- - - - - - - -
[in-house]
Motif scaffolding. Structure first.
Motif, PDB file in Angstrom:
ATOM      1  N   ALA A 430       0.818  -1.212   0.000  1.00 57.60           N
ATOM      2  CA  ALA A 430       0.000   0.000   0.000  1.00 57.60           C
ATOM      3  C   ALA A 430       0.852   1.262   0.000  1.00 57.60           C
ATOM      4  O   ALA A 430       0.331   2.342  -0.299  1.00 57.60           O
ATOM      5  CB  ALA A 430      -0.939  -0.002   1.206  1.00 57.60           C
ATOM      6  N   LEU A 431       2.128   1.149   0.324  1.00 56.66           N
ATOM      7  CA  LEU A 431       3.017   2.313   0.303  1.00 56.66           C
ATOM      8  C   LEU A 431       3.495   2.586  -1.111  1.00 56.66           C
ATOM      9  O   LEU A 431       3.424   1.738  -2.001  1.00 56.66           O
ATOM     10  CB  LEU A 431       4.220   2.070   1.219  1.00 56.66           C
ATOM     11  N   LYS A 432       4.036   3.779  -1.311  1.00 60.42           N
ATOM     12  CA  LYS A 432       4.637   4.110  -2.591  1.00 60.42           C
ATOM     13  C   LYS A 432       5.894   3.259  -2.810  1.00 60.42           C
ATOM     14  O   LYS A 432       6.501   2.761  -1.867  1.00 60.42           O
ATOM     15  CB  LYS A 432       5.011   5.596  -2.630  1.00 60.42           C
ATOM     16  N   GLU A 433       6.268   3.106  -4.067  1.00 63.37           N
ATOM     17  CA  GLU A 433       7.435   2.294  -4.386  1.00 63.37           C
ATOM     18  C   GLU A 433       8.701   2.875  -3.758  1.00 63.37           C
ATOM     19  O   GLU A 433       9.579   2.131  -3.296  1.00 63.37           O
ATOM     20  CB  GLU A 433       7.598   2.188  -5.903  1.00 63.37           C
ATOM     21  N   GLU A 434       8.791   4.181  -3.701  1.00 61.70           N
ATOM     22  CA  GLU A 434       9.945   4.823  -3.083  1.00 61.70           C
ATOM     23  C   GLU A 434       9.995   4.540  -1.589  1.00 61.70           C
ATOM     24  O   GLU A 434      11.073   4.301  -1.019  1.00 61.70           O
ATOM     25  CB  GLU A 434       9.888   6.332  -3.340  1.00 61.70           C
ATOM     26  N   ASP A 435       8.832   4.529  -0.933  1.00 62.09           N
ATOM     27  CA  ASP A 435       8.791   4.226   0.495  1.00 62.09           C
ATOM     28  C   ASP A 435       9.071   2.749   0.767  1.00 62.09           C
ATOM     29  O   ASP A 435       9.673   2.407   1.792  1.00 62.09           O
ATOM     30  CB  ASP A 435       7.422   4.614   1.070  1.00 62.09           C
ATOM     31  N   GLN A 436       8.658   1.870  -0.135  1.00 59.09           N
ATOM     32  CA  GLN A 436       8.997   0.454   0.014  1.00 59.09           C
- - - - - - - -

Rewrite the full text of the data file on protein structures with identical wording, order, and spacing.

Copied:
[in-house]
Motif scaffolding. Structure first.
Motif, PDB file in Angstrom:
ATOM      1  N   ALA A 430       0.818  -1.212   0.000  1.00 57.60           N
ATOM      2  CA  ALA A 430       0.000   0.000   0.000  1.00 57.60           C
ATOM      3  C   ALA A 430       0.852   1.262   0.000  1.00 57.60           C
ATOM      4  O   ALA A 430       0.331   2.342  -0.299  1.00 57.60           O
ATOM      5  CB  ALA A 430      -0.939  -0.002   1.206  1.00 57.60           C
ATOM      6  N   LEU A 431       2.128   1.149   0.324  1.00 56.66           N
ATOM      7  CA  LEU A 431       3.017   2.313   0.303  1.00 56.66           C
ATOM      8  C   LEU A 431       3.495   2.586  -1.111  1.00 56.66           C
ATOM      9  O   LEU A 431       3.424   1.738  -2.001  1.00 56.66           O
ATOM     10  CB  LEU A 431       4.220   2.070   1.219  1.00 56.66           C
ATOM     11  N   LYS A 432       4.036   3.779  -1.311  1.00 60.42           N
ATOM     12  CA  LYS A 432       4.637   4.110  -2.591  1.00 60.42           C
ATOM     13  C   LYS A 432       5.894   3.259  -2.810  1.00 60.42           C
ATOM     14  O   LYS A 432       6.501   2.761  -1.867  1.00 60.42           O
ATOM     15  CB  LYS A 432       5.011   5.596  -2.630  1.00 60.42           C
ATOM     16  N   GLU A 433       6.268   3.106  -4.067  1.00 63.37           N
ATOM     17  CA  GLU A 433       7.435   2.294  -4.386  1.00 63.37           C
ATOM     18  C   GLU A 433       8.701   2.875  -3.758  1.00 63.37           C
ATOM     19  O   GLU A 433       9.579   2.131  -3.296  1.00 63.37           O
ATOM     20  CB  GLU A 433       7.598   2.188  -5.903  1.00 63.37           C
ATOM     21  N   GLU A 434       8.791   4.181  -3.701  1.00 61.70           N
ATOM     22  CA  GLU A 434       9.945   4.823  -3.083  1.00 61.70           C
ATOM     23  C   GLU A 434       9.995   4.540  -1.589  1.00 61.70           C
ATOM     24  O   GLU A 434      11.073   4.301  -1.019  1.00 61.70           O
ATOM     25  CB  GLU A 434       9.888   6.332  -3.340  1.00 61.70           C
ATOM     26  N   ASP A 435       8.832   4.529  -0.933  1.00 62.09           N
ATOM     27  CA  ASP A 435       8.791   4.226   0.495  1.00 62.09           C
ATOM     28  C   ASP A 435       9.071   2.749   0.767  1.00 62.09           C
ATOM     29  O   ASP A 435       9.673   2.407   1.792  1.00 62.09           O
ATOM     30  CB  ASP A 435       7.422   4.614   1.070  1.00 62.09           C
ATOM     31  N   GLN A 436       8.658   1.870  -0.135  1.00 59.09           N
ATOM     32  CA  GLN A 436       8.997   0.454   0.014  1.00 59.09           C